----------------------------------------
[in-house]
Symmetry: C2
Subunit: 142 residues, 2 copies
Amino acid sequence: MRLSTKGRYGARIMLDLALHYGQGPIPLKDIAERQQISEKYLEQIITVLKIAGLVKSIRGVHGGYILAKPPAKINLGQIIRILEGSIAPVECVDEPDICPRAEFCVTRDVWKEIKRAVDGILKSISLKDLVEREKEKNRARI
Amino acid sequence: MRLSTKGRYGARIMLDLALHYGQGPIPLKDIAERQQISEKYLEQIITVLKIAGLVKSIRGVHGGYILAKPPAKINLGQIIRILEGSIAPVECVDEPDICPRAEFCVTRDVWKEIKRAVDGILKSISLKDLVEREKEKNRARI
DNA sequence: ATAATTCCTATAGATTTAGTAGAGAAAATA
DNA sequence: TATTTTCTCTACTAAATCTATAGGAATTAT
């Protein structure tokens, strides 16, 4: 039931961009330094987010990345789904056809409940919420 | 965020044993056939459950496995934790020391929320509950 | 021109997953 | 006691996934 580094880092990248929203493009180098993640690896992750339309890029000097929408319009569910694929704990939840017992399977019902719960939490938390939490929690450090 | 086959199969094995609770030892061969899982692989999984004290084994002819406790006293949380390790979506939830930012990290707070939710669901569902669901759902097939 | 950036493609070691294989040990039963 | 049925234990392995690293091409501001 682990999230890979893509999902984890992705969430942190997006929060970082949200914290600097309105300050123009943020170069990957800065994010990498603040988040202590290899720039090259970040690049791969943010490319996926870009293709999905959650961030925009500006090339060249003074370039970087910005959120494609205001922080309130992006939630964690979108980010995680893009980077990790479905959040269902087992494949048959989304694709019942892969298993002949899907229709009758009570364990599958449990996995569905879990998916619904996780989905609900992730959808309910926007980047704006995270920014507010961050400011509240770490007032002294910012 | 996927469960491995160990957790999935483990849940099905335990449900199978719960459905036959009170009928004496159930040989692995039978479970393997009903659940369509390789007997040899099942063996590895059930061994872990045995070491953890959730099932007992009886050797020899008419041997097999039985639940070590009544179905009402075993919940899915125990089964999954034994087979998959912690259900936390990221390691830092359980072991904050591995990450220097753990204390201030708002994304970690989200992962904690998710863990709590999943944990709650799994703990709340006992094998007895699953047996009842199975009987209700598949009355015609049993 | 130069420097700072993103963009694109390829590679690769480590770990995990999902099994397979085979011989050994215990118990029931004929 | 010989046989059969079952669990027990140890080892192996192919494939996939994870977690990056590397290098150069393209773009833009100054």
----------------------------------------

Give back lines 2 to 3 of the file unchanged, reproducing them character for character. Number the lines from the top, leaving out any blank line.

Symmetry: C2
Subunit: 142 residues, 2 copies